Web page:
The autumn Parliamentary term started on Monday this week after the summer recess. The first few weeks of the term will be somewhat disjointed, with another recess scheduled for the party conferences at the end of September and early October.
The State Opening of Parliament, with all its pageantry, is scheduled for 7th November. The occasion, always important, will be especially significant this year. The King’s Speech, which sets out the Government’s legislative programme, will be keenly watched, given that it is likely to be the last before the general election, widely expected to be held in October of next year.
There are almost always surprises in the King’s Speech, but one anticipated announcement is the introduction of legislation by Levelling Up Secretary Michael Gove to cap increases in ground rents on long leasehold properties.
Gove has a long-standing ambition to abolish leasehold completely, considering it an outdated and unfair form of property tenure. As a move in that direction, the Government’s Leasehold Reform (Ground Rent) Act 2022 outlawed ground rents altogether on new long residential leases granted in England and Wales after 30th June last year.
However, that still leaves a large number of leaseholders paying round rents on previously-granted leases, despite the fact that the landlords are not obliged to offer any services in return.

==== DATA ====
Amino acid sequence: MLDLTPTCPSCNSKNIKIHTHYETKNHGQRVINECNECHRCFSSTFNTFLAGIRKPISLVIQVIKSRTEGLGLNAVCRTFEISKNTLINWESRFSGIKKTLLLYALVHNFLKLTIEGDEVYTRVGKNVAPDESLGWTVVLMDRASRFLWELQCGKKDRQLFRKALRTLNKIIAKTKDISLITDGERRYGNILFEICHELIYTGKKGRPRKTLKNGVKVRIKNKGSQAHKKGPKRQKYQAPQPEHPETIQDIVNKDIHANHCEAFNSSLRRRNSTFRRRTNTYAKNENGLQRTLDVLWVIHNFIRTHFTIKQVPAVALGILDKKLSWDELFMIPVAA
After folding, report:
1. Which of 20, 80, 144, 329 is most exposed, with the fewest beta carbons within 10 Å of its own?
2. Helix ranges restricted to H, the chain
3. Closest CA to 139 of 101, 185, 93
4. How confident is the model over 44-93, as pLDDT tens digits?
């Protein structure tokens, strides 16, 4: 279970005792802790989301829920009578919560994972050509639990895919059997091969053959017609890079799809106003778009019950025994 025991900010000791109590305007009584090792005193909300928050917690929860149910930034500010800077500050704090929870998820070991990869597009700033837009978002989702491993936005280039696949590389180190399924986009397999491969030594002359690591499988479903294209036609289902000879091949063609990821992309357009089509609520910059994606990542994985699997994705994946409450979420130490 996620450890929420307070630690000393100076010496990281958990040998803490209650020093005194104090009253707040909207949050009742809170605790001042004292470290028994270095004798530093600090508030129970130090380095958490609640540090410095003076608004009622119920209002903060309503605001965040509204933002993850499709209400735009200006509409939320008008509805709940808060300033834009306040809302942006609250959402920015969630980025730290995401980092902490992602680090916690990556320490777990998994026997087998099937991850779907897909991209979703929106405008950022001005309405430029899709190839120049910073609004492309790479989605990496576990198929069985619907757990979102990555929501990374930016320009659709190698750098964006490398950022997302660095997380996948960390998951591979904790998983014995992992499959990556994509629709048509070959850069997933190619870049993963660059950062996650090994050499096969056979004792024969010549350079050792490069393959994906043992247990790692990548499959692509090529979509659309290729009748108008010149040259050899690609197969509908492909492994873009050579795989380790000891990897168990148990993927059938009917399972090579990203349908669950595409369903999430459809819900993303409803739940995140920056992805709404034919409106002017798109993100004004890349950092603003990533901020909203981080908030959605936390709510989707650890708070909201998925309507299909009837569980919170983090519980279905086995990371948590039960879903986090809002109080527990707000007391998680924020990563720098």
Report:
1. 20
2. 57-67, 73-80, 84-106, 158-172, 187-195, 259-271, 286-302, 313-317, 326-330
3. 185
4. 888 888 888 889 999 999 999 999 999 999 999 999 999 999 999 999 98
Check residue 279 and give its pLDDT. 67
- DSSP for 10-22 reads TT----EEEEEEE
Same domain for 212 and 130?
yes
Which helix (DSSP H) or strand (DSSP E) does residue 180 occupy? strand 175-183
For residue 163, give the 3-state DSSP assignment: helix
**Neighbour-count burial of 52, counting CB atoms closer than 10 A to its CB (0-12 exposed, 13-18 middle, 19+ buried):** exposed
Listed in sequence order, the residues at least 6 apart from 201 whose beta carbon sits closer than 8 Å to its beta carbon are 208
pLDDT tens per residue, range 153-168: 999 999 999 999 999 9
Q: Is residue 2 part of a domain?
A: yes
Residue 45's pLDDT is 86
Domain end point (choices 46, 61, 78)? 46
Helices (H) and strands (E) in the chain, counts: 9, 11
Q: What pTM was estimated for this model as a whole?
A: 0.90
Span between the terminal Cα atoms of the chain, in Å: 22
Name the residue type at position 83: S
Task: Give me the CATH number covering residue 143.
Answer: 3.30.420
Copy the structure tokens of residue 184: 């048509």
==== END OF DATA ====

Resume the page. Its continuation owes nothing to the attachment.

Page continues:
This is a particular problem in many parts of North Wales, especially in the case of retirement properties. In the late 20th century, a number of property developers constructed blocks of residential flats for retirees in towns such as Colwyn Bay. The flats were usually let on long leases, subject to ground rents.
The leases almost invariably contained provisions for review of the ground rent in line with inflation. This is increasingly causing difficulty to leaseholders, who are usually not the original lessees.
As an example, a number of my constituents have leases of flats in a retirement block developed at the turn of this century. Their leases contain a review clause effective on the 23rd anniversary of the start of the tenancy, and afterwards at intervals of 21 years, increasing the ground rents in line with increases in the Retail Price Index.
The rents originally reserved were £330 per annum for a single flat and £385 for a double. The leaseholders have now received letters from the landlord’s agents demanding an increase of ground rent for a single flat to £723.84 per annum and £844.48 per annum for a double.
This has naturally come as a shock to the leaseholders, many of whom are living on relatively modest pensions.
I have referred the issue to the Competition and Markets Authority, which is taking an interest in what might reasonably be termed abusive ground rent practices, and hope that it will take action.